Yuri Averbakh

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JustinHorton
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Yuri Averbakh

Post by JustinHorton » Sat May 07, 2022 2:30 pm

Has died at the age of 100, according to FIDE.
"Do you play chess?"
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David Sedgwick
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Re: Yuri Averbakh

Post by David Sedgwick » Sat May 07, 2022 2:35 pm

Justin beat me to it by two minutes, so I have moved my intended thread starter over here verbatim.

I have just heard that the world's oldest Grandmaster, Yuri Averbakh, died earlier today at the age of 100.

https://eprimefeed.com/sports/worlds-ol ... ies/81124/

In 2002 I had the pleasure of attending his 80th birthday lecture to the endgame study group Arves in Belgium. Before that I met him in Croatia in 1997, when he was the Deputy Chief Arbiter at that the European Team Championships in Croatia.

Earlier in the 199os he was the Chief Arbiter at the breakaway World Championship match between Kasparov and Short in London.

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Matt Mackenzie
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Re: Yuri Averbakh

Post by Matt Mackenzie » Sat May 07, 2022 6:42 pm

Had to happen some day soon, but sad news nonetheless.

Was the final survivor of the epochal 1953 Candidates tournament, amongst many other things.
"Set up your attacks so that when the fire is out, it isn't out!" (H N Pillsbury)

Mike Wiltshire
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Re: Yuri Averbakh

Post by Mike Wiltshire » Sun May 08, 2022 10:52 pm

Yuri was one of life's great guys. Not only a brilliant chess player but very well versed in the history of the game as well, having been a regular attendee at meetings of Chess Collectors International until covid stopped our meetings two years ago.

He once told me that in his research he had discovered that noughts and crosses had an earlier written history than chess. I will treasure my draw with two pawns down but with opposite coloured bishops in a simultaneous display against him.

Neville Twitchell
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Re: Yuri Averbakh

Post by Neville Twitchell » Wed May 11, 2022 7:42 pm

Is he the longest lived GM? I mistakenly thought Lilienthal had lived to 100 but looked him up and see he died aged 99.

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Matt Mackenzie
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Re: Yuri Averbakh

Post by Matt Mackenzie » Wed May 11, 2022 8:05 pm

Yes, the longest lived GM and possibly longest lived FIDE titleholder of any kind.

(though he was maybe just beaten to it there by Austrian FIDE Master Anton Kinzel, born in January 1922 and possibly still alive)
"Set up your attacks so that when the fire is out, it isn't out!" (H N Pillsbury)

Leonard Barden
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Re: Yuri Averbakh

Post by Leonard Barden » Wed May 11, 2022 9:04 pm

Matt Mackenzie wrote:
Wed May 11, 2022 8:05 pm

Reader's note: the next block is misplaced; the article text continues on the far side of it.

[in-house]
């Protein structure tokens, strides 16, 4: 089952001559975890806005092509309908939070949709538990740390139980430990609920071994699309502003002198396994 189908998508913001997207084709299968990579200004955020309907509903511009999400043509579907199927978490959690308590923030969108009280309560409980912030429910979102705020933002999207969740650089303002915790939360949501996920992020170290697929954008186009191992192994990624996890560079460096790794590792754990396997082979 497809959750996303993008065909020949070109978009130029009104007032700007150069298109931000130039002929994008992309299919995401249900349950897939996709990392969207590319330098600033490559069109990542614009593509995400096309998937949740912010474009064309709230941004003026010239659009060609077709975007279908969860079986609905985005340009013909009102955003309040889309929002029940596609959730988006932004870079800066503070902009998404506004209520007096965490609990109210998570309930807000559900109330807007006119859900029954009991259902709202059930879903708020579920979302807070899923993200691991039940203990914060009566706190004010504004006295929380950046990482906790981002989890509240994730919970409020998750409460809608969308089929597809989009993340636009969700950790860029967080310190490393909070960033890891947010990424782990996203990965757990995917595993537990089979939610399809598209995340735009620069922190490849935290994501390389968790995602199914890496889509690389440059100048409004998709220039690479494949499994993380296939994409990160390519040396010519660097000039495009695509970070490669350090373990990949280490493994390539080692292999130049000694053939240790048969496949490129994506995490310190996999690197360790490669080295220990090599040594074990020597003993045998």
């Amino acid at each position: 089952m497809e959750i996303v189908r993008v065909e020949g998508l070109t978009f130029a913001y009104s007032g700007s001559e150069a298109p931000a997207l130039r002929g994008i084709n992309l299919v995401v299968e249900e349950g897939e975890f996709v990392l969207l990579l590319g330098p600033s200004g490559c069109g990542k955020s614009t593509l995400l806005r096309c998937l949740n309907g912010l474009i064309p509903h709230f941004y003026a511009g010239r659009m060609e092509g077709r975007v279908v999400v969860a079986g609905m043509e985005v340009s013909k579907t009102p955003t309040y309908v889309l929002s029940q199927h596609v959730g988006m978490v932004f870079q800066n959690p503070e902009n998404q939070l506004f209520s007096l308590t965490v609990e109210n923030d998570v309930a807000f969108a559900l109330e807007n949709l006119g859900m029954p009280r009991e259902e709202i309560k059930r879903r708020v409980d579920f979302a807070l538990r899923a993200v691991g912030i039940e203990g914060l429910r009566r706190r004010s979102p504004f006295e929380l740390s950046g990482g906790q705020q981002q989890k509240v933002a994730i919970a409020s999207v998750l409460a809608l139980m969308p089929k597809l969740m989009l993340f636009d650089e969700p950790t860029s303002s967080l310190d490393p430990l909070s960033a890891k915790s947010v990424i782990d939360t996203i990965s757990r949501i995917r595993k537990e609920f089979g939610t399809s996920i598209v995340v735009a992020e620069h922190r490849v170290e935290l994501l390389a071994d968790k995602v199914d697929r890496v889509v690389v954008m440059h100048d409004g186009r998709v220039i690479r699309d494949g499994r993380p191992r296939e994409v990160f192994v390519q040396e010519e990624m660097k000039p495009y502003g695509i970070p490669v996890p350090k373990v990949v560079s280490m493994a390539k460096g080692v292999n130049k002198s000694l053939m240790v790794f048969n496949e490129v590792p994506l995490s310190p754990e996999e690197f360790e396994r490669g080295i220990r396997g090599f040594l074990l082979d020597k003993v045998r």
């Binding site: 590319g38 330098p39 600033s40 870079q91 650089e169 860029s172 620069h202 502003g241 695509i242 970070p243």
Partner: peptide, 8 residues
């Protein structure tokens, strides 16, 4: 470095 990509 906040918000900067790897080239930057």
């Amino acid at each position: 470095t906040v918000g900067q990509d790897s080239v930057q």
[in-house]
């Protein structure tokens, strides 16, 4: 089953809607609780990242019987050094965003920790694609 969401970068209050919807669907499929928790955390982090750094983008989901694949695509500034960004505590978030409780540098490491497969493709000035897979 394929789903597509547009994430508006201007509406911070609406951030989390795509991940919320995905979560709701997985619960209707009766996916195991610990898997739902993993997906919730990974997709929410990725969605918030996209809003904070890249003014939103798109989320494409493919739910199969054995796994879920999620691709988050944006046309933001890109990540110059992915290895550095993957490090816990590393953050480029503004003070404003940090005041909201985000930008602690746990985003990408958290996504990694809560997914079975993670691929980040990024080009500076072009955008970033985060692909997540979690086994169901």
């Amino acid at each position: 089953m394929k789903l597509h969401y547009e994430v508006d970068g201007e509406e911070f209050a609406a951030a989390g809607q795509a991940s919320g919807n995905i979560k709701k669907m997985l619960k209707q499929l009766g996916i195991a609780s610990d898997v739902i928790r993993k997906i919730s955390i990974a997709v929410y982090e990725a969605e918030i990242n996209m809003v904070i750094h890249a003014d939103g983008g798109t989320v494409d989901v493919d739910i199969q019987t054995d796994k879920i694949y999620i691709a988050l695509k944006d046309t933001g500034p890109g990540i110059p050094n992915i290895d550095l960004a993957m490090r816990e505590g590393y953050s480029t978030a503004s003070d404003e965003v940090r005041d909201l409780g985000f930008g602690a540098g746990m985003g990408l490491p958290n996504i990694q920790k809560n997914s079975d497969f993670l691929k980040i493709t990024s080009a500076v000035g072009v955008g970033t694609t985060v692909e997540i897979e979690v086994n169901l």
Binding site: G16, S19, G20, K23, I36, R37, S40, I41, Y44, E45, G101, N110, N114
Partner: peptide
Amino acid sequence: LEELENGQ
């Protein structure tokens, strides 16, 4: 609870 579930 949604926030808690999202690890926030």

Yes, the longest lived GM and possibly longest lived FIDE titleholder of any kind.

(though he was maybe just beaten to it there by Austrian FIDE Master Anton Kinzel, born in January 1922 and possibly still alive)
I was watching when Bob Wade defeated Kinzel in nine moves in England v Austria at the 1962 Varna Olympiad. https://www.chessgames.com/perl/chessgame?gid=1243208

Mick Norris
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Re: Yuri Averbakh

Post by Mick Norris » Fri May 13, 2022 9:46 am

How he fell in love with chess
Late in 1935 I visited the Moscow Chess Club for the first time, and there I was fortunate enough to listen to a lecture by the great endgame expert Nikolai Grigoriev. It made an indelible impression on me. When Grigoriev explained his pawn studies, moving the pieces on the demonstration board with his thin, artistic fingers, I sensed, rather than understood, the great depth and beauty of chess, observing with my own eyes how human thought spiritualises these little wooden pieces, and they, like real actors, begin performing miraculous spectacles, capable of touching the most sensitive parts of the human soul. It was this perception of chess as an art that finally linked me with it. I wanted to understand chess and study it.
Back to 1935. In the following 87 years of his life, the new chess lover will become Grandmaster, USSR Champion, second of several World Champions, World Championship arbiter, President of the Soviet Chess Federation, successful author, recognized historian, and, of course, study composer, like his mentor.

Unfortunately for chess, the 4-time Moscow Champion, tournament organizer, journalist, and genius composer, Nikolai Grigoriev, wouldn't have the same longevity. At the age of 43, he tragically died from cancer aggravated by the torture inflicted by the NKVD, the Soviet secret police. His studies remain immortal.
Any postings on here represent my personal views and should not be taken as representative of the Manchester Chess Federation www.manchesterchess.co.uk

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